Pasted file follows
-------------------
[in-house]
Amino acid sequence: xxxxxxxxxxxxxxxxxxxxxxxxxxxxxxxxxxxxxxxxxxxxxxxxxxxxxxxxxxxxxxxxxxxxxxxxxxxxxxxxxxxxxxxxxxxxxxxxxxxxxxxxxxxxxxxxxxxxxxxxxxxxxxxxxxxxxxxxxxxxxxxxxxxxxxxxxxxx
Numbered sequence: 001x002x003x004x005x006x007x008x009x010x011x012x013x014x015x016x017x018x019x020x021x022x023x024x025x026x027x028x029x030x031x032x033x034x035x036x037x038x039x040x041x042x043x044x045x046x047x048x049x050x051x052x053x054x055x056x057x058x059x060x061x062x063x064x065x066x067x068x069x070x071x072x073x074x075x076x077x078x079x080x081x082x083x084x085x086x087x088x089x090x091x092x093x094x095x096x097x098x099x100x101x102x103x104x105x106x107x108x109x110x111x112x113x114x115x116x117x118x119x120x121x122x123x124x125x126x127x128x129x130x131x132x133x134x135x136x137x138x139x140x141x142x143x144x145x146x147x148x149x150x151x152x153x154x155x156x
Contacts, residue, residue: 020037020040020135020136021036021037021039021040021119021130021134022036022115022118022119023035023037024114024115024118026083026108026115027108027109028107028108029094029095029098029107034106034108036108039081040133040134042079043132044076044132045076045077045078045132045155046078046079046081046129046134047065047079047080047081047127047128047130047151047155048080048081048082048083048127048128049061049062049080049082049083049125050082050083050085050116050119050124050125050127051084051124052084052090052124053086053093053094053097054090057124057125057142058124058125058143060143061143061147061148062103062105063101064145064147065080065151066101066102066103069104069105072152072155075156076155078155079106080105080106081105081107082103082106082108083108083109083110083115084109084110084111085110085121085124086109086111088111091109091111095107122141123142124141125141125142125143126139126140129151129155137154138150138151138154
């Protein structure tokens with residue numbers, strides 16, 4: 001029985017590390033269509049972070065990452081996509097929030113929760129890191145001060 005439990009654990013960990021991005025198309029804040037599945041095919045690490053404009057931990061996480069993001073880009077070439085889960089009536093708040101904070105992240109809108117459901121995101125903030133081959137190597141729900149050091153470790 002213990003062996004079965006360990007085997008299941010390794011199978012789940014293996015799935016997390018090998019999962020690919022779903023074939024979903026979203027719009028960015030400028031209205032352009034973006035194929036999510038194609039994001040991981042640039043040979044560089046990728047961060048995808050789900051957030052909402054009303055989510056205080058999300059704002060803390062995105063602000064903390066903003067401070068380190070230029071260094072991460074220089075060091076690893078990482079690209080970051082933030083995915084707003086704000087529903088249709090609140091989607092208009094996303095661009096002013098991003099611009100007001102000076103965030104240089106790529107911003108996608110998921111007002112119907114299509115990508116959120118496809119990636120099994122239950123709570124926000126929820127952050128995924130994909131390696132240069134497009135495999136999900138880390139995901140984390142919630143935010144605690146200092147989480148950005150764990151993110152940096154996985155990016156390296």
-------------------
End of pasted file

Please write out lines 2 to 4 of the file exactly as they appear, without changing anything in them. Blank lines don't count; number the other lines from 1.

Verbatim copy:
Amino acid sequence: xxxxxxxxxxxxxxxxxxxxxxxxxxxxxxxxxxxxxxxxxxxxxxxxxxxxxxxxxxxxxxxxxxxxxxxxxxxxxxxxxxxxxxxxxxxxxxxxxxxxxxxxxxxxxxxxxxxxxxxxxxxxxxxxxxxxxxxxxxxxxxxxxxxxxxxxxxxx
Numbered sequence: 001x002x003x004x005x006x007x008x009x010x011x012x013x014x015x016x017x018x019x020x021x022x023x024x025x026x027x028x029x030x031x032x033x034x035x036x037x038x039x040x041x042x043x044x045x046x047x048x049x050x051x052x053x054x055x056x057x058x059x060x061x062x063x064x065x066x067x068x069x070x071x072x073x074x075x076x077x078x079x080x081x082x083x084x085x086x087x088x089x090x091x092x093x094x095x096x097x098x099x100x101x102x103x104x105x106x107x108x109x110x111x112x113x114x115x116x117x118x119x120x121x122x123x124x125x126x127x128x129x130x131x132x133x134x135x136x137x138x139x140x141x142x143x144x145x146x147x148x149x150x151x152x153x154x155x156x
Contacts, residue, residue: 020037020040020135020136021036021037021039021040021119021130021134022036022115022118022119023035023037024114024115024118026083026108026115027108027109028107028108029094029095029098029107034106034108036108039081040133040134042079043132044076044132045076045077045078045132045155046078046079046081046129046134047065047079047080047081047127047128047130047151047155048080048081048082048083048127048128049061049062049080049082049083049125050082050083050085050116050119050124050125050127051084051124052084052090052124053086053093053094053097054090057124057125057142058124058125058143060143061143061147061148062103062105063101064145064147065080065151066101066102066103069104069105072152072155075156076155078155079106080105080106081105081107082103082106082108083108083109083110083115084109084110084111085110085121085124086109086111088111091109091111095107122141123142124141125141125142125143126139126140129151129155137154138150138151138154